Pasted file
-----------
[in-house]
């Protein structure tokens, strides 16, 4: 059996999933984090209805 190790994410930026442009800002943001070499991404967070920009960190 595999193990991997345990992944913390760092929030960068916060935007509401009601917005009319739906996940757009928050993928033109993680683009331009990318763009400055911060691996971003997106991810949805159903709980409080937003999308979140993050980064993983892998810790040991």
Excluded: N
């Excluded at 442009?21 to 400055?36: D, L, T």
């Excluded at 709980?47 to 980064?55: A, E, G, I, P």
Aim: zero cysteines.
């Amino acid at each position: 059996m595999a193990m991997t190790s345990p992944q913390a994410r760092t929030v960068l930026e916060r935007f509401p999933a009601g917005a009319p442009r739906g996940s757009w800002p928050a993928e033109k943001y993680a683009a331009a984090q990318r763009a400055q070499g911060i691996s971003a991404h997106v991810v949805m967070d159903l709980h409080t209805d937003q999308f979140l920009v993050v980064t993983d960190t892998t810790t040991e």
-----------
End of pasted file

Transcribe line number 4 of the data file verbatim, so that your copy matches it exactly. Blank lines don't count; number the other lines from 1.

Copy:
């Excluded at 442009?21 to 400055?36: D, L, T």